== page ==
TV Review: “Feed the Beast” – Overdramatic Food Porn

Written by Danielle Sing June 27, 2016

feed the beast

“Feed the Beast” is AMC’s new crime drama starring “Friends” alum David Schwimmer and “Across the Universe’s” Jim Sturgess, who both give solid performances. “Feed the Beast” is beautifully shot and has an interesting premise of opening a high-end restaurant in the crime filed New York City borough of The Bronx, from white-collar crime to organized crime. The emotional and personal drama is overdone,  and the crime drama is stereotypical and provides nothing new to the mob genre. With all of the different dramatic layers, the series becomes complicated, unclear, and could shed some major weight.

Tommy Moran’s (David Schwimmer) wife, Rie (Christine Adams), died from a hit and run while their son, TJ (Elijah Jacob), watched – turning him mute. A year later Dion Patras (Jim Sturgess), who was in prison for burning down the restaurant they both worked at as the chef and sommelier, shows up at Tommy’s home in the The Bronx. Tommy is a functioning drunk who meets Pilar Herrara (Lorenza Izzo), a waitress at a Cuban restaurant in Harlem, at a grief group. Dion is a cocaine loving chef indebted to Patrick Woichik (Michael Gladias), the new leader of the Polish mob. They decide to open a Greek restaurant based on Rie’s plans and must get Tommy’s racist disabled father, Aidan (John Doman), to invest in their restaurant. But Aidan tricks them into a criminal contract while Dion uses the restaurant to pay back the mob.

“He calls himself a chef? He has a secret sauce. McDonald’s has a secret sauce!”

“Feed the Beast” has a unique premise (despite being based off of a Danish series). There are few shows about food and restaurants – that are not on the Food Network – and this element to “Feed the Beast” is great. The food is beautifully shot and the passion that Sturgess’ character cooks with shows good writing, acting, research and direction. Overall, the acting is solid all around. Schwimmer’s acting breaks the rut of his iconic “Friends” role as Ross, as his character David is a concerned single father who’s emotional and intense. Elijah Jacob, who plays the mixed race son of Tommy and Rie, is a young acting talent to look forward in the future. To play a traumatized mute who only uses body language and eye movement to communicate must be difficult for Jacob as “Feed the Beast” is his first credited acting role, but he does a fantastic job.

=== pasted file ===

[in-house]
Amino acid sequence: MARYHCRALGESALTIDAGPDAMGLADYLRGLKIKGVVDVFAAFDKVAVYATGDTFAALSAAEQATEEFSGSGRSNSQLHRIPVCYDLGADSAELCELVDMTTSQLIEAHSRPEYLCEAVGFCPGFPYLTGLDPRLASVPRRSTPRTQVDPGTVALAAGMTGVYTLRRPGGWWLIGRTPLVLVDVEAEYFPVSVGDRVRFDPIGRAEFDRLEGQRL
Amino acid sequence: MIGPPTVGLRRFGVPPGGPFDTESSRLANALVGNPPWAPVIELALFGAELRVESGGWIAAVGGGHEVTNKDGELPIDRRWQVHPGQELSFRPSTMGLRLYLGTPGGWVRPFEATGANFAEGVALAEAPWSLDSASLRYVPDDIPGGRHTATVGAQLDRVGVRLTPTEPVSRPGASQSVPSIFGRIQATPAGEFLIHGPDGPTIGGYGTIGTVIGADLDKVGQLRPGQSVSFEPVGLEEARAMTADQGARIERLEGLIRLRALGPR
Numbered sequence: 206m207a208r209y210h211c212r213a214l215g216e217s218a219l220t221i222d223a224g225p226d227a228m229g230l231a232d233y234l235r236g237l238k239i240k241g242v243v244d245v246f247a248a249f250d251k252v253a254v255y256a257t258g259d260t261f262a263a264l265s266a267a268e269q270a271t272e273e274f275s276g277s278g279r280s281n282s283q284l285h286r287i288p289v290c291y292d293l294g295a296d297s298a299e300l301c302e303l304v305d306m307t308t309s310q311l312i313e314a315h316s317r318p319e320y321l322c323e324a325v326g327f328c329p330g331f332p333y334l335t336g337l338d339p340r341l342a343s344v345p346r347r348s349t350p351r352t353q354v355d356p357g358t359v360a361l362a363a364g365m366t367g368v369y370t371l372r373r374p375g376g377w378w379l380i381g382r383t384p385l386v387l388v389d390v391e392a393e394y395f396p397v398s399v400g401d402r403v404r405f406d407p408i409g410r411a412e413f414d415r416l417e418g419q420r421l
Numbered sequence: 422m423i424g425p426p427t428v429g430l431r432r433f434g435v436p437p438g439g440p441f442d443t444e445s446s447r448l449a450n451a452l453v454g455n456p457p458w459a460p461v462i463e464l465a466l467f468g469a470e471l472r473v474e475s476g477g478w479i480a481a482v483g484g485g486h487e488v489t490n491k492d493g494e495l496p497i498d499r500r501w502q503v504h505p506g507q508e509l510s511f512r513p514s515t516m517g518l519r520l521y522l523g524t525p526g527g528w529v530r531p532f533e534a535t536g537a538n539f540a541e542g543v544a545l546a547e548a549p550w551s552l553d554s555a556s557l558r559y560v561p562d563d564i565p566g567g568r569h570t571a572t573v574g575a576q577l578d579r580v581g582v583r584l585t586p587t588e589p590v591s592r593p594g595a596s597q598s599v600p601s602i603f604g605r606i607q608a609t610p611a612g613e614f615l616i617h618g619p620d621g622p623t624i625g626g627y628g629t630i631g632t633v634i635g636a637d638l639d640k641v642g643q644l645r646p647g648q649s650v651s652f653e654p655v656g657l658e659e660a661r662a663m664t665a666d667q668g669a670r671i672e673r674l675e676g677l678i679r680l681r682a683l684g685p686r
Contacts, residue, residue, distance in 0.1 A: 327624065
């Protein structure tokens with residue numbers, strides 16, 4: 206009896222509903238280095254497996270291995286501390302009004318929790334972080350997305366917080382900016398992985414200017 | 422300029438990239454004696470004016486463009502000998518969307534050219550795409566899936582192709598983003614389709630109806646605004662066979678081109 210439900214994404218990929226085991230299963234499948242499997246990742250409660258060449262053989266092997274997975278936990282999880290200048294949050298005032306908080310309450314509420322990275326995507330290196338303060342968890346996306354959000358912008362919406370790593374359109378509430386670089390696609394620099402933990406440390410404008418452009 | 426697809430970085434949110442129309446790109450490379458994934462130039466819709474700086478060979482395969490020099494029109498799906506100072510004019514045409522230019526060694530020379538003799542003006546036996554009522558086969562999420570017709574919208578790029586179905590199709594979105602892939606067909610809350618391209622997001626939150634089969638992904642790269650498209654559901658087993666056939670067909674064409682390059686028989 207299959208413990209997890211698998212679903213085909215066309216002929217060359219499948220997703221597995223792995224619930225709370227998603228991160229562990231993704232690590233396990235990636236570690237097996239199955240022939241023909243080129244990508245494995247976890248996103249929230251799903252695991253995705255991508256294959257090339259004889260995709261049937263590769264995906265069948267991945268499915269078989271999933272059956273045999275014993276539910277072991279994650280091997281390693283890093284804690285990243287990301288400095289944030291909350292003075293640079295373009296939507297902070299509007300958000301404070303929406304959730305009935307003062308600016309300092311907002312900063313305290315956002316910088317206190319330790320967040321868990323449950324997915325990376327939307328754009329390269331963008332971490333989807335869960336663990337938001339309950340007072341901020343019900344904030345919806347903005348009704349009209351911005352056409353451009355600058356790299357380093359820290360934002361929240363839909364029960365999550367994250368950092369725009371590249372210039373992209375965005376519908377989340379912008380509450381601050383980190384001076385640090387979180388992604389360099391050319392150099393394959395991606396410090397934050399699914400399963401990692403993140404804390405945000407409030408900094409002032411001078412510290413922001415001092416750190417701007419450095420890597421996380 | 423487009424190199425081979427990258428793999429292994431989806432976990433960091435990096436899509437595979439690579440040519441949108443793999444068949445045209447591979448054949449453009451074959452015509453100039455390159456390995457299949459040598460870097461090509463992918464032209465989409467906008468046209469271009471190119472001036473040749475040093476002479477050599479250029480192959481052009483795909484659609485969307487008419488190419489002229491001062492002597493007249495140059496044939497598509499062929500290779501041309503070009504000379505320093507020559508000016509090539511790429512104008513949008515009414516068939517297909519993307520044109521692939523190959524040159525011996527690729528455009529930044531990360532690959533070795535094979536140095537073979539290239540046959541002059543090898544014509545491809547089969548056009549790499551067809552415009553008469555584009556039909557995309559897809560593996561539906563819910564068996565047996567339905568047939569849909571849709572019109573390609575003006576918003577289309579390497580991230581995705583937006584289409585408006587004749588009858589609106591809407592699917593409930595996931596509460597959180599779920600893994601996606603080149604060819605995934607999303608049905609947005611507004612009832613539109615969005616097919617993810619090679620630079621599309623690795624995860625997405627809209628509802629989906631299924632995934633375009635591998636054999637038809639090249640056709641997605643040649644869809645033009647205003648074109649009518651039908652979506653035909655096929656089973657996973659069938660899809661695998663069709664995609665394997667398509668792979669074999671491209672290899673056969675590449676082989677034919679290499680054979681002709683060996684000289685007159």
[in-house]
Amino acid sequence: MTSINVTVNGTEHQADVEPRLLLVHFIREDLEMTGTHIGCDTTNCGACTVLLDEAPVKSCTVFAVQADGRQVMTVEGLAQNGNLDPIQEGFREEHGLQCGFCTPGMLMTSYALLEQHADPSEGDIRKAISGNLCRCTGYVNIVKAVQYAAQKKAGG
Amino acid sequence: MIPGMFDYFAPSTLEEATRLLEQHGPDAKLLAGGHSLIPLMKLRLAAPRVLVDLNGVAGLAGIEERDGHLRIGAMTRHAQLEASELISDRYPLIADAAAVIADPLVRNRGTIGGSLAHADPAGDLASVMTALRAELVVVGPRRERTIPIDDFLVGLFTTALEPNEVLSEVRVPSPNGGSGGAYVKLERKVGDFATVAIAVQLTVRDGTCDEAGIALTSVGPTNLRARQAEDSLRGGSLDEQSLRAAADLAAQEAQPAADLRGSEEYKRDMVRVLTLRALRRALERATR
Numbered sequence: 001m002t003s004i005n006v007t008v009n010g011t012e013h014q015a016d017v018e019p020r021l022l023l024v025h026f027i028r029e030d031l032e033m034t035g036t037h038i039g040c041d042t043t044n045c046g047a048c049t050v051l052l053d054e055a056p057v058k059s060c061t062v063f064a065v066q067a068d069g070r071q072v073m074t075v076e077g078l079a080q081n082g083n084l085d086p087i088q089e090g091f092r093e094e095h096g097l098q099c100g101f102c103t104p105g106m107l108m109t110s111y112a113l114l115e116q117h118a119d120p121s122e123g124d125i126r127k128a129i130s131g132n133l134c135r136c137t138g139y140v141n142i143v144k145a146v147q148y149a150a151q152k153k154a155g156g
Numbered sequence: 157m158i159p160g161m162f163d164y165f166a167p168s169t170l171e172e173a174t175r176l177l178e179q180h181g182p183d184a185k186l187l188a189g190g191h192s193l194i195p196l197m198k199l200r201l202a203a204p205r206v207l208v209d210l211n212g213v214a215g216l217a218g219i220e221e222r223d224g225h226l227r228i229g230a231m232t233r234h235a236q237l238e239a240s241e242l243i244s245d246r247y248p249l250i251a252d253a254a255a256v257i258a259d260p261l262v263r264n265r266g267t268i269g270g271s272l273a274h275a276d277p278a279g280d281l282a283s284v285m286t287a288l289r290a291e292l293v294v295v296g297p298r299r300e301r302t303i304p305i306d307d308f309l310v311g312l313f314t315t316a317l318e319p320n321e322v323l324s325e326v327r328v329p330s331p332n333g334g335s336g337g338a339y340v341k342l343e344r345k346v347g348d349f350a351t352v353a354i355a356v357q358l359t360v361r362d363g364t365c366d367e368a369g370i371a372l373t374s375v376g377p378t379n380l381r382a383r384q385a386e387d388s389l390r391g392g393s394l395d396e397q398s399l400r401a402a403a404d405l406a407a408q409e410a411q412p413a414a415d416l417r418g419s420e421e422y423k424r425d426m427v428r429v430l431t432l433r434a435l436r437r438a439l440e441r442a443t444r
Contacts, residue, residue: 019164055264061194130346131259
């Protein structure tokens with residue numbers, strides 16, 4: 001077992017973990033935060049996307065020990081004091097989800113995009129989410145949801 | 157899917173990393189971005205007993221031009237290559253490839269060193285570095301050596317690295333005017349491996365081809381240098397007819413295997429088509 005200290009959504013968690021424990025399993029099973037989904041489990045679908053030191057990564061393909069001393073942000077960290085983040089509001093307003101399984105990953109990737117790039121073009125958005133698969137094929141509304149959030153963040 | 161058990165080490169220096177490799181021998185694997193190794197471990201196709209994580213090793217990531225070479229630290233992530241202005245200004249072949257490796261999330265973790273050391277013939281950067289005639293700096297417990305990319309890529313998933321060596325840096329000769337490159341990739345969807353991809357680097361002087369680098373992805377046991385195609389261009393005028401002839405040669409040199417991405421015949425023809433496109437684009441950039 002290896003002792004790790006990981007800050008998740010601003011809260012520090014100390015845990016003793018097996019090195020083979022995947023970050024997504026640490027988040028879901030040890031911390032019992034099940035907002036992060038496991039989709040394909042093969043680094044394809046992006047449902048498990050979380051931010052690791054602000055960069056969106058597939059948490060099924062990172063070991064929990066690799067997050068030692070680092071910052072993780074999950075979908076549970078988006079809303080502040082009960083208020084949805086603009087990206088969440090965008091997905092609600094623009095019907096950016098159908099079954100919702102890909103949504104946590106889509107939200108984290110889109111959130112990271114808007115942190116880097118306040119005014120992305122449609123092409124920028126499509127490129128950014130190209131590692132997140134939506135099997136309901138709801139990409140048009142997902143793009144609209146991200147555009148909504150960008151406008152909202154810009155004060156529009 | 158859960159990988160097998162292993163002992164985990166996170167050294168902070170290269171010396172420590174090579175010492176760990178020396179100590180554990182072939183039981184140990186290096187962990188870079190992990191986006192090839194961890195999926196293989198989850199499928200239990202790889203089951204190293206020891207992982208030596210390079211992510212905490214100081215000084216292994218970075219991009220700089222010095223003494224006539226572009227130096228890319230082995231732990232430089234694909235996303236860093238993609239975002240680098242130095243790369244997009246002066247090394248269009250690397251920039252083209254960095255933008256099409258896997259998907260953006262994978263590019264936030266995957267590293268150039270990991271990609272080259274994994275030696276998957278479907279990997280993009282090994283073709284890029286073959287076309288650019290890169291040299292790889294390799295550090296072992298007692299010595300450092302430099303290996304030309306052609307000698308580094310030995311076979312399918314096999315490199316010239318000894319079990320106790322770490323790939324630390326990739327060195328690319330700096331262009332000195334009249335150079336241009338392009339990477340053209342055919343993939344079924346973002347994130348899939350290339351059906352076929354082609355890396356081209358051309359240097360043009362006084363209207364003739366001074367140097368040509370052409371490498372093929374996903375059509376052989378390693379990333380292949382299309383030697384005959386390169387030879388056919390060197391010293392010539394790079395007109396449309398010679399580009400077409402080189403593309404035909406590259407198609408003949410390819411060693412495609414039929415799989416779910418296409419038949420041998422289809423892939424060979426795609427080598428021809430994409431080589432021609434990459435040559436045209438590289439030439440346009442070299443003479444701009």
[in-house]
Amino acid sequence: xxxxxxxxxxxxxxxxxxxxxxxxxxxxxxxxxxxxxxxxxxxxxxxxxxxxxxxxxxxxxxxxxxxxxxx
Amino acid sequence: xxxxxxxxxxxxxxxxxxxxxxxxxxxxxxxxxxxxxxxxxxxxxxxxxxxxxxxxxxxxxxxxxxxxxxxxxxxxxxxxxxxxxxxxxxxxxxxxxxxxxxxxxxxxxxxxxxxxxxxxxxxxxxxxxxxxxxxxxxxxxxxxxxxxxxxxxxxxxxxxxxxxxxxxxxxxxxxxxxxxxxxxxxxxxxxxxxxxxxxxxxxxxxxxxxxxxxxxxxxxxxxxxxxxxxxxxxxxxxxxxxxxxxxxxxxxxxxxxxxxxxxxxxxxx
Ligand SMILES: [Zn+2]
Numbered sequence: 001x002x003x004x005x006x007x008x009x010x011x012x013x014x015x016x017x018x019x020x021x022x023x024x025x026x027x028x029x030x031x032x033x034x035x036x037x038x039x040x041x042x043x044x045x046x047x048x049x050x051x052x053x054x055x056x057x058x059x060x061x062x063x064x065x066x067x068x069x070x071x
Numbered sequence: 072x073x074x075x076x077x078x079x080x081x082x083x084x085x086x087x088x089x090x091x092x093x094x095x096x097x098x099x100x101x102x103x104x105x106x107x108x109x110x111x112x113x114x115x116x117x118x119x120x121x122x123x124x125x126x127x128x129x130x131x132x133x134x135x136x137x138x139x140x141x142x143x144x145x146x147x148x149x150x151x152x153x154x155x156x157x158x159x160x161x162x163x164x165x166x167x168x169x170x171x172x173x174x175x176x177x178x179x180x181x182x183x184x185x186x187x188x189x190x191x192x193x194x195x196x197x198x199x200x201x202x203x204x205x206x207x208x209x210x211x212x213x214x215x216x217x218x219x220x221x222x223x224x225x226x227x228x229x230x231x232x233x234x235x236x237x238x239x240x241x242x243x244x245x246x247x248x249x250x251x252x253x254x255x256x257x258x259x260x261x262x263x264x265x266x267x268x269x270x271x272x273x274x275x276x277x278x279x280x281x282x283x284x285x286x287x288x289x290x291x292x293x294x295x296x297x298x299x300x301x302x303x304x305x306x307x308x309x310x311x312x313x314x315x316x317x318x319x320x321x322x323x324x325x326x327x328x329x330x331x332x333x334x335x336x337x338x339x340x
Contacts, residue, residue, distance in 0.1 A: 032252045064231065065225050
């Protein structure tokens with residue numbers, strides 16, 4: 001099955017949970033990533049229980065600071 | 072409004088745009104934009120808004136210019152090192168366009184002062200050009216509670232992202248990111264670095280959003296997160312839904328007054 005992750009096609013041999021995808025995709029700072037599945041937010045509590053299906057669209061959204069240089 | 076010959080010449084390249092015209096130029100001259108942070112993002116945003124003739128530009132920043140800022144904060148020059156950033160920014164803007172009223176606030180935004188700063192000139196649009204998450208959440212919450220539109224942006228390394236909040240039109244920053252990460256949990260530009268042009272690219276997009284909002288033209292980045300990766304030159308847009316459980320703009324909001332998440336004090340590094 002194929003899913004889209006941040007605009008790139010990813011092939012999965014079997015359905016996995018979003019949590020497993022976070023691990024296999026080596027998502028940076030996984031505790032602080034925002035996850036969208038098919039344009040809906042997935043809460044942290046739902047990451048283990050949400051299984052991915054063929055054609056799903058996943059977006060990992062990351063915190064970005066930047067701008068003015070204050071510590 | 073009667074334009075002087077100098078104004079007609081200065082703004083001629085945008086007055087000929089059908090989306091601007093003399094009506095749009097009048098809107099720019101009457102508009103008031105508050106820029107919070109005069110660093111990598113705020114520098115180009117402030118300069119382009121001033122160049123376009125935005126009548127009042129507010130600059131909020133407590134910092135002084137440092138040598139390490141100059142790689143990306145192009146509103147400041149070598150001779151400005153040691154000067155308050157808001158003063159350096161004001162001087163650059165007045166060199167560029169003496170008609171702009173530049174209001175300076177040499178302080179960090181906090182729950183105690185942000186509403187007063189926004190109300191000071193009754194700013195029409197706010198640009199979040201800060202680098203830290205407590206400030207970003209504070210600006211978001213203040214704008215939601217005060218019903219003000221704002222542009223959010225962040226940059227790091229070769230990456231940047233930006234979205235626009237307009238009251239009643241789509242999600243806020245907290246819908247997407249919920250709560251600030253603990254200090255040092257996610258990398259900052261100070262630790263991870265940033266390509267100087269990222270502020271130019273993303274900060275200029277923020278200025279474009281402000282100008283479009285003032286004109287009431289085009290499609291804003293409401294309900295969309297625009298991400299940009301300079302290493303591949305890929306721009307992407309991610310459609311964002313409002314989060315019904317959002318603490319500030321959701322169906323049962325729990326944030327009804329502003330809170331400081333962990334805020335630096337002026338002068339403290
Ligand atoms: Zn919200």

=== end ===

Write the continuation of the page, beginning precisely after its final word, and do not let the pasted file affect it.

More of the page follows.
feed the beast

“Feed the Beast” is overloaded with drama and stereotypical mob-based crime. There are just too many layers within the series that add layer upon layer of drama. Each character has a mountain of their own drama that conflicts with each others drama. This makes the series complicated, but also unclear as to what the endgame is. While that’s good in terms of suspense, it also creates a lack of purpose if it seems to lead to no conclusion or peak. Though the drama is overdone, the writing is smart to tie all of these layers together. But it’s not good enough to clear up the motives behind it.

“I’d blow your brains out, but this is a $30,000 Persian rug.”

In “Feed the Beast”, there are two main components of crime: Aidan’s white-collar crime and the Polish mob. The show’s take on white-collar crime is interesting; it centers on a self-made businessman instead of a Wall Street banker and stresses the bad relationship between Tommy and his father. An elderly father is willing to con his own son into a horrible business contract whichprovides both crime and personal drama for the characters. Unfortunately,it follows every mob/mafia stereotype in the book. A man indebted; strange mobster names that reflect a method of torture; using a restaurant as a front for money laundering; an unqualified son taking over the family business; a cop with a vendetta; and a mole within the organization. “Feed the Beast” offers nothing new which makes it predictable and distracts from the more interesting elements of the series. If the show cut the Polish mob element, it would remove the weak aspects of the show, but still be a good crime drama. Plus, the slow burn of Aidan’s white-collar crime fits the slower pace of the series better than the organized crime.

feed the beast

The overdone drama and stereotypical organized crime in “Feed the Beast” brings down the solid acting and beautiful attention to detail with regards to the food. They are distracting from the good elements of the series. By cutting out the Polish mob, “Feed the Beast” would still be a good crime drama and reduce the over-complication of the story. Crime shows don’t need every single felony thrown into to be interesting; keep it simple because cons and blackmail are just as interesting as violent mobs.

My Rating: 6.5/10

feed the beast

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